Fremantle Elections Less Than Nail Biting.

New Council On Notice As Social Media Wins the Day

Fremantle town Hall: Waiting for the election results. © Roger Garwood 2013
Fremantle Town Hall: Waiting for the election results.
© Roger Garwood 2013

The election count at Fremantle Town Hall on Saturday evening was a less than nail-biting experience. Years ago several hundred people would turn out to watch the results being chalked on a blackboard and in later years, when hi-tech stuff took over, a whiteboard.

An exuberant crowd of voters would become silent as a tally number was rubbed out and replaced with a fresh total. Frequently the elections were close. Finally the results indicated which candidate won and which had, well, been rubbed out.

Sterile Process

Saturday evening’s barely detectable frisson of  excitement depended on an occasional leak from the tally room. The results emerged a little later than expected and one by one sitting councillors breathed again, had pictures taken on iPhones and any talk of close results vaporised as the numbers came up on a computer screen. Sadly the process was sterile.

Many people had hoped for a close race, a change of face here and there. In the event the sitting council gained a clear mandate for its progress thus far. No sitting councillors were rolled and most recorded massive and increased margins.

What Accounted for Council’s Overwhelming Public Endorsement?

The weather may have accounted for the poor public  turnout at the town hall but what accounted for the massive endorsement of the sitting council? The past four years have seen a great deal of resistance to council’s plans. Principle among those has been the opposition to the location of  the youth plaza on The Esplanade and the open ended and all encompassing approval  by council for towering developments in the city

There may have been apathy among those who considered voting  a waste of time in the face of proposed council mergers. About 60% of eligible voters didn’t bother. It could be said that a non existent vote is an endorsement of the current council.

That point does not ring true. A more likely reason is a lack of co-ordination between the various groups who attempted to form tangible opposition individually.  A number of small organisations, all with individual interests but collectively with a broader interest in the terms of the city’s management, failed to co-ordinate their efforts in the face of a well orchestrated campaign.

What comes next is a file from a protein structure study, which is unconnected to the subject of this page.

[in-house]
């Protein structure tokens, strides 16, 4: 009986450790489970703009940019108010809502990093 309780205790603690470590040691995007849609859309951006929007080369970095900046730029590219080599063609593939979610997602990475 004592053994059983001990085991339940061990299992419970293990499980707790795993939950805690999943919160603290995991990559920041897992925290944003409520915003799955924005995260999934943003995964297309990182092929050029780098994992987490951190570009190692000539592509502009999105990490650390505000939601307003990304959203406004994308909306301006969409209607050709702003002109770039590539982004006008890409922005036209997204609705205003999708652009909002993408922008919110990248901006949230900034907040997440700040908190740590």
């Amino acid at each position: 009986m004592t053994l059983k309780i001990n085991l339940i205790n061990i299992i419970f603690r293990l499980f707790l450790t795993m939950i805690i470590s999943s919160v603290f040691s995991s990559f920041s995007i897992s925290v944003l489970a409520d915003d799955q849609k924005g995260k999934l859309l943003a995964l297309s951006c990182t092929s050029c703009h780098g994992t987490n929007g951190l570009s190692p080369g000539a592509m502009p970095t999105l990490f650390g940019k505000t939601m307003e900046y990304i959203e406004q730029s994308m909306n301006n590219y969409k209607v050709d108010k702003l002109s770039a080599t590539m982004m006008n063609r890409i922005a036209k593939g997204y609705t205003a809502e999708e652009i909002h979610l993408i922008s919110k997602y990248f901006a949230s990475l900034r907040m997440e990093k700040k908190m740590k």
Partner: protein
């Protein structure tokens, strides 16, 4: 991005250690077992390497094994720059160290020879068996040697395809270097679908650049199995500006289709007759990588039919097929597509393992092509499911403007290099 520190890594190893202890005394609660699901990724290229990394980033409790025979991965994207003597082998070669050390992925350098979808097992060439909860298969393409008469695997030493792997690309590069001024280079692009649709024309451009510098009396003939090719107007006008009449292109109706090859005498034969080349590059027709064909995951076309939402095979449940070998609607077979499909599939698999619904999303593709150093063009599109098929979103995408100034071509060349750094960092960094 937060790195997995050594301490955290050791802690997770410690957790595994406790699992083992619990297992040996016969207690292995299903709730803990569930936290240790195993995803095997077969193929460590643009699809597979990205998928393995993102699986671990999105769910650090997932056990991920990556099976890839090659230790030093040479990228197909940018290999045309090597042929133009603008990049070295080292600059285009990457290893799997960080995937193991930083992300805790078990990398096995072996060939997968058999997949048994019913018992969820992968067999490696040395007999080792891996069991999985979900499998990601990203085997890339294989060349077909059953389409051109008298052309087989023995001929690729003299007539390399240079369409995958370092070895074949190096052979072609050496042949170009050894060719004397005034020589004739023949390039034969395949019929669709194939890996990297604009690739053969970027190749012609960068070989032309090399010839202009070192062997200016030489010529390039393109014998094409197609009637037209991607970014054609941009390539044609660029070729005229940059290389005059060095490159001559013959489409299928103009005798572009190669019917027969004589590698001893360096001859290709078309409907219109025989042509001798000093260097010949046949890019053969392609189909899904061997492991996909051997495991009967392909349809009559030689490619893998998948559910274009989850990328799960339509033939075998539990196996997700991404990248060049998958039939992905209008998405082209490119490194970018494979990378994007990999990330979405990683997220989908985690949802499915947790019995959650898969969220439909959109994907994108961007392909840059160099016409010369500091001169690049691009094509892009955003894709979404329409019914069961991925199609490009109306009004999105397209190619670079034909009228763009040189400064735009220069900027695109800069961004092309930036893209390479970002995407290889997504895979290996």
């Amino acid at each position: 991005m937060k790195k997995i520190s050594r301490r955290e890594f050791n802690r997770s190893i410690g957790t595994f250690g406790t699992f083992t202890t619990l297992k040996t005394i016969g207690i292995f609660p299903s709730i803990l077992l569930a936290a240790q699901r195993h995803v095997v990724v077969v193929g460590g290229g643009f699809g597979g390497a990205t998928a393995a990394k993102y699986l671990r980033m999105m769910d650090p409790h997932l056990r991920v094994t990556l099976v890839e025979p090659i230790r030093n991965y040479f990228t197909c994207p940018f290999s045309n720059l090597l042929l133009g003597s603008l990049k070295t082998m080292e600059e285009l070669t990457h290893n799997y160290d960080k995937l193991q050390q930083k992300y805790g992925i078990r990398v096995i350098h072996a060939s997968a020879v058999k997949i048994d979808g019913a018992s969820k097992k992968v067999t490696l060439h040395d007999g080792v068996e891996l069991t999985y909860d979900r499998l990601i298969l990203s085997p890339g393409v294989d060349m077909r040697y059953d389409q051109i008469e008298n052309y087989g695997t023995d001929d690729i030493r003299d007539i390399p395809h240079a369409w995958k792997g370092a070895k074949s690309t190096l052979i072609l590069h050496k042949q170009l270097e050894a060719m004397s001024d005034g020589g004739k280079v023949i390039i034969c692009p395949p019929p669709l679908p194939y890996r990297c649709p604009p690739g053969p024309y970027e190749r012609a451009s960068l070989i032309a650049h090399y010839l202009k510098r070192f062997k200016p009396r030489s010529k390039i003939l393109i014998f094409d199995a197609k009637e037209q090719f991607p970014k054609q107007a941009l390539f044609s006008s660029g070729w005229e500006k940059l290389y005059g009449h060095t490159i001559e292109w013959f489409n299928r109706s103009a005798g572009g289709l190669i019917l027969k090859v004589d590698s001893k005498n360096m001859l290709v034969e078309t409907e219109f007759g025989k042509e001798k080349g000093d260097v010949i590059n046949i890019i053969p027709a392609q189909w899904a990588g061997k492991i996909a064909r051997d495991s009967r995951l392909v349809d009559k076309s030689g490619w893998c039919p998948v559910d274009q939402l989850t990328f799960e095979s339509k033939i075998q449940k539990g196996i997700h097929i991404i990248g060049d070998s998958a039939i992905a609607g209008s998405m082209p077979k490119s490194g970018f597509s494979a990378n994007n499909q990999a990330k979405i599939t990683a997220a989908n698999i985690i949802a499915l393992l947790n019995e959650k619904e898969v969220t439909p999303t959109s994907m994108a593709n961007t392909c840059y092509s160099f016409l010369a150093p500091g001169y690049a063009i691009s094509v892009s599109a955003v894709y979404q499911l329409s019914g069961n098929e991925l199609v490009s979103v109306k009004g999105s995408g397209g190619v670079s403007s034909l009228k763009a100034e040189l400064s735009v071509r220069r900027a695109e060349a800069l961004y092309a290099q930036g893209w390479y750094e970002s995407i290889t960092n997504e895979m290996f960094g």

Social Media Was the Winner

Brad Pettitt’s campaign on social media was highly successful. Anybody who regularly received posts from him and his followers could not be blind to the enthusiasm of his supporters. It gave a strong impression of coordinated teamwork. Nor was the mayor complacent in the face of his opposition, Mathew Hansen,  who endured massive insults on social media. (See Fremantle Backchat: “Freo’s Shock Blog Derails Democracy”.  Oct 15 2013)

Thus the current council, with many plans in place, must now concentrate on the next four years – the home run – not withstanding the proposed amalgamation. Councillors are aware the city’s future is under scrutiny, not only from the pending amalgamation but from developments already approved or waiting approval. Leading up to the campaign, in fact part of the campaign, were many mainstream media articles related to the city’s ‘rebirth’.

Council Now On Notice: No Effective Opposition

On the latter point councillors are aware they are on notice. If one poor quality development  emerges it is likely to trigger a massive backlash.

Maybe the real threat to Fremantle is amalgamation. Currently nobody seems to know what will happen. A reasonable hypothesis is that  East Fremantle and Melville will wish to retain their leafy suburbs. Fremantle, with fewer voices in its management, may experience little more than a progression of what has happened since 1983 when seeds were sown during the America’s Cup era. They grew Fremantle into a city which is now little more than a weekend playground and entertainment centre. This resulted in massive rent and high maintenance costs in the city as well as increased anti-social behaviour. The city lost it’s community based local patronage. The danger is the two councils grafted onto the city may wish to have things remain that way – Fremantle a playground surrounded by a leafy suburb.

Thus the future of the city is not only in the hands of current management but must be considered and projected by coordinated opposition groups who are currently disparate and ineffectual.

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